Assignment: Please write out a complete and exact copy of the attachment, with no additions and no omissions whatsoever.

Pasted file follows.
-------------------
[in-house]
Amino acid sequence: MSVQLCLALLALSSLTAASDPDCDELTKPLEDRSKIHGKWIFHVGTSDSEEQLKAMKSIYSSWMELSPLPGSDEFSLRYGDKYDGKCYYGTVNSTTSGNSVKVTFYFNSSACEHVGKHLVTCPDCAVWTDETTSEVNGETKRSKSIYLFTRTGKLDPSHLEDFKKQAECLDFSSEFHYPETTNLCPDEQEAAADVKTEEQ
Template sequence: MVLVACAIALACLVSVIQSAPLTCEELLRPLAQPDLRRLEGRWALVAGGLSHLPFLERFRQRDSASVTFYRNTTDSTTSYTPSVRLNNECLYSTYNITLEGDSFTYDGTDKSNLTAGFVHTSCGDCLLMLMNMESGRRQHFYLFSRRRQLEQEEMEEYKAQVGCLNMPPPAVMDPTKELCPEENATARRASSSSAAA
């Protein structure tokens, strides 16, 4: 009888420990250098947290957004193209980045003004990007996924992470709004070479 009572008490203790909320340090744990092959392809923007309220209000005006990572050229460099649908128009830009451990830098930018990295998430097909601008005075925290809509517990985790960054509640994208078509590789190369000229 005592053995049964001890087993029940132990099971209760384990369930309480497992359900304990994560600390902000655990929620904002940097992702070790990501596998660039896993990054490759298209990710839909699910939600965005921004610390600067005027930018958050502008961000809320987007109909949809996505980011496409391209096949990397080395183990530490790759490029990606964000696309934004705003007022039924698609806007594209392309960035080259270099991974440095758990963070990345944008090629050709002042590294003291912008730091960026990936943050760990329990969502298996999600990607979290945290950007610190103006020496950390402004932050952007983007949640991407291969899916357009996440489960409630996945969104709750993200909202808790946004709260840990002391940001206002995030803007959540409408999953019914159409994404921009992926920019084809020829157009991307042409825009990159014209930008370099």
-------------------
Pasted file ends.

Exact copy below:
[in-house]
Amino acid sequence: MSVQLCLALLALSSLTAASDPDCDELTKPLEDRSKIHGKWIFHVGTSDSEEQLKAMKSIYSSWMELSPLPGSDEFSLRYGDKYDGKCYYGTVNSTTSGNSVKVTFYFNSSACEHVGKHLVTCPDCAVWTDETTSEVNGETKRSKSIYLFTRTGKLDPSHLEDFKKQAECLDFSSEFHYPETTNLCPDEQEAAADVKTEEQ
Template sequence: MVLVACAIALACLVSVIQSAPLTCEELLRPLAQPDLRRLEGRWALVAGGLSHLPFLERFRQRDSASVTFYRNTTDSTTSYTPSVRLNNECLYSTYNITLEGDSFTYDGTDKSNLTAGFVHTSCGDCLLMLMNMESGRRQHFYLFSRRRQLEQEEMEEYKAQVGCLNMPPPAVMDPTKELCPEENATARRASSSSAAA
């Protein structure tokens, strides 16, 4: 009888420990250098947290957004193209980045003004990007996924992470709004070479 009572008490203790909320340090744990092959392809923007309220209000005006990572050229460099649908128009830009451990830098930018990295998430097909601008005075925290809509517990985790960054509640994208078509590789190369000229 005592053995049964001890087993029940132990099971209760384990369930309480497992359900304990994560600390902000655990929620904002940097992702070790990501596998660039896993990054490759298209990710839909699910939600965005921004610390600067005027930018958050502008961000809320987007109909949809996505980011496409391209096949990397080395183990530490790759490029990606964000696309934004705003007022039924698609806007594209392309960035080259270099991974440095758990963070990345944008090629050709002042590294003291912008730091960026990936943050760990329990969502298996999600990607979290945290950007610190103006020496950390402004932050952007983007949640991407291969899916357009996440489960409630996945969104709750993200909202808790946004709260840990002391940001206002995030803007959540409408999953019914159409994404921009992926920019084809020829157009991307042409825009990159014209930008370099």